In an earlier article on B2I, I wrote about Feisal al-Istrabadi, a founding member of the Iraqi Forum for Democracy and an activist on various humanitarian issues relating to Iraq. Istrabadi is also a member of the planning committee for the State Department?s Future of Iraq Project, serving on its Transitional Justice and Democratic Principles working groups.
During his talk, he outlined the ideas for a transitional government.

It would last two to three years at most, must provide immediate benefits to the people of Iraq, would hold municipal elections within six months and regional elections within another six months after that and begin immediate criminal prosecutions. The other duties must be to fulfill obligations to the U.N. regarding weapons of mass destruction, he said, and human rights agreements must be adhered to. “It’s critical to me that the transitional period not be seen as a final status,” he said. “I don?t think the transitional government should be the government that signs a peace treaty with Israel. That should be the permanent government.”
And most important, he said, the United Nations should not _lift_ the sanctions. Instead they should be _suspended_ so that the transitional government doesn?t gain control of the country?s treasury and the permanent lifting of sanctions is an incentive to democratize.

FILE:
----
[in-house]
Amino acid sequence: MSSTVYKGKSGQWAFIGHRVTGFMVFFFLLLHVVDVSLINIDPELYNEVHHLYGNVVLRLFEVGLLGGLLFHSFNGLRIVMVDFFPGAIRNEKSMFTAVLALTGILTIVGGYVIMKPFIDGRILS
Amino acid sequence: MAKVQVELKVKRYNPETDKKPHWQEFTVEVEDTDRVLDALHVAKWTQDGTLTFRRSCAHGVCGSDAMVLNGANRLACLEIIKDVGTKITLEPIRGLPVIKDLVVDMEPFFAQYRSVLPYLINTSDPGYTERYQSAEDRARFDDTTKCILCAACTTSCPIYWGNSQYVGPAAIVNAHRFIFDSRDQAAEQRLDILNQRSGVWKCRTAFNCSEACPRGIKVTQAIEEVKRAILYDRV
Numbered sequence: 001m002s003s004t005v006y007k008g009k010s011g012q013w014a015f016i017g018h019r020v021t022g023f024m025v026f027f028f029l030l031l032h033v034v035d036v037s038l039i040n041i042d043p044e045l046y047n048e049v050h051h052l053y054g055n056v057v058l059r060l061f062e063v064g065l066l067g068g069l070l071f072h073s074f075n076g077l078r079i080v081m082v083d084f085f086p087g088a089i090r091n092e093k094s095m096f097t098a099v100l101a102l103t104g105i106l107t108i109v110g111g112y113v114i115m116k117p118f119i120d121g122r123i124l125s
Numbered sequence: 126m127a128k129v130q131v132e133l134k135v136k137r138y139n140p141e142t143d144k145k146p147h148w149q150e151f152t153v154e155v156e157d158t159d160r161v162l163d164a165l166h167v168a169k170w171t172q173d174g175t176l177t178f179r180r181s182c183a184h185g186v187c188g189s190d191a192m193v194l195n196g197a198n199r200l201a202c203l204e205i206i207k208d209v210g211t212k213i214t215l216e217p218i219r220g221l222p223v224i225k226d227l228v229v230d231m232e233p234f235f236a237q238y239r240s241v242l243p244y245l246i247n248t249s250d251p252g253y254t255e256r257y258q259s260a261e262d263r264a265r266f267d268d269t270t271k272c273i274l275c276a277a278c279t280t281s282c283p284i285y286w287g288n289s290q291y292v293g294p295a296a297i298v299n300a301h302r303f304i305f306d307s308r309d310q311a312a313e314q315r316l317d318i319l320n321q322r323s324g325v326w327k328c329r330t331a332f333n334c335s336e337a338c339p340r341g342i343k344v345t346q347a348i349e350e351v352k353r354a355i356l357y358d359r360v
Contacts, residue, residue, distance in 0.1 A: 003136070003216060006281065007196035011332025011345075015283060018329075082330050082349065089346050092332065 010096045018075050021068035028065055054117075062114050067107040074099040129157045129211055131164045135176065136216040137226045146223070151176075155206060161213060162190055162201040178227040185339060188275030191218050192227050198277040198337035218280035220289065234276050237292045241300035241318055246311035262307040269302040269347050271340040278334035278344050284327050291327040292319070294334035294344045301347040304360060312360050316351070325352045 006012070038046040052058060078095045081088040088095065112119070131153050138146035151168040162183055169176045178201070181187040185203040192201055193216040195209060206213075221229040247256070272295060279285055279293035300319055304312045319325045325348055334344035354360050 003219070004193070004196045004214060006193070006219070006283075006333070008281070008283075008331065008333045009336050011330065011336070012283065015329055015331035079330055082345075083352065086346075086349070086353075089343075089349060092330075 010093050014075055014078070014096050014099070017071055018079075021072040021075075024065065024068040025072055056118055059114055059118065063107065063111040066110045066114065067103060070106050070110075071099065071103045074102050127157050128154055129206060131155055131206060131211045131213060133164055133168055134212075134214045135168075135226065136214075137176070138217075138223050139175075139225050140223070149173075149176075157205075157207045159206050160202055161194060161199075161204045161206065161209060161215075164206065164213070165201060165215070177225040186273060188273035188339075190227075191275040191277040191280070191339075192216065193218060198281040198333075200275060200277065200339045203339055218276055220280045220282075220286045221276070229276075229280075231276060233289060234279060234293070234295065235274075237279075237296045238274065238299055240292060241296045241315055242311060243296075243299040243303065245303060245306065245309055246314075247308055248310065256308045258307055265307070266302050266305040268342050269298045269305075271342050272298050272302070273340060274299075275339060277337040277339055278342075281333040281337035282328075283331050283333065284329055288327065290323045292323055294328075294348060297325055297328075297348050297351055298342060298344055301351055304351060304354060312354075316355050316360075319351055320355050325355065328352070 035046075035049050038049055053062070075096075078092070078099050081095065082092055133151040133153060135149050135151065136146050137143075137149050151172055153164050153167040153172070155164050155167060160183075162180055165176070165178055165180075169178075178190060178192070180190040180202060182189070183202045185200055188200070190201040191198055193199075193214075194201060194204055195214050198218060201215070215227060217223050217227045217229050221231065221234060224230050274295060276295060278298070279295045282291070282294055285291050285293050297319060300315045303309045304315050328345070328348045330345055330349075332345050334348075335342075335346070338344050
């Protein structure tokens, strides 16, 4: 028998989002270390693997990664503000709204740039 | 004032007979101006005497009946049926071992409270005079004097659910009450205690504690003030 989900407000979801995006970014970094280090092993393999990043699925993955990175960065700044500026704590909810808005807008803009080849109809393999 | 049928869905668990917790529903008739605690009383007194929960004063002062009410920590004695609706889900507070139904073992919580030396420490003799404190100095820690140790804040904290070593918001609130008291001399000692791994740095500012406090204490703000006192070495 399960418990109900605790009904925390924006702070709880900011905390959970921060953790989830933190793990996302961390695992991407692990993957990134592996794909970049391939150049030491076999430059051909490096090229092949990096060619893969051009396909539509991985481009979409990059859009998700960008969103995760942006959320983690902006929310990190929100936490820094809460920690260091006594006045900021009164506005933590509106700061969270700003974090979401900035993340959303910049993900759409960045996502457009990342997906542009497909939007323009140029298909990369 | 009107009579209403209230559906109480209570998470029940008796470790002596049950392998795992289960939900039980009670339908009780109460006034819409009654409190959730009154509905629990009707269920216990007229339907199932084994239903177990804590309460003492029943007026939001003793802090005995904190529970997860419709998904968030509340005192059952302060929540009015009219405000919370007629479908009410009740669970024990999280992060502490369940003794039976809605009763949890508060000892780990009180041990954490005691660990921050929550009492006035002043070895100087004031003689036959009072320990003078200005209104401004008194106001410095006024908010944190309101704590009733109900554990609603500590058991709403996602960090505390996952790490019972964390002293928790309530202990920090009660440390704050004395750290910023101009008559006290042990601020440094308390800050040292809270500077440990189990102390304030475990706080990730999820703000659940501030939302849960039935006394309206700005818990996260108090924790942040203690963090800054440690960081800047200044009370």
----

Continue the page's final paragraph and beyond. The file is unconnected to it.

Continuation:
“If you want to ensure the transitional figures do not become transitional in the Iraqi sense of the word — by that I mean lasting 40 years — you cannot hand over the purse strings of Iraq,” he said. “Saddam did not immediately rule by fear. He co-opted the elite during the 1960s and ’70s by drowning them in cash.”

Taking control of the oil industry, while looking really, _really_ bad to the rest of the world, is probably the best that can be made of a bad situation. Istrabadi’s right; if a transitional government took control of Iraq’s oil revenue, there likely result would be wholesale robbing that would make the looters in the closing days of the war look like pikers.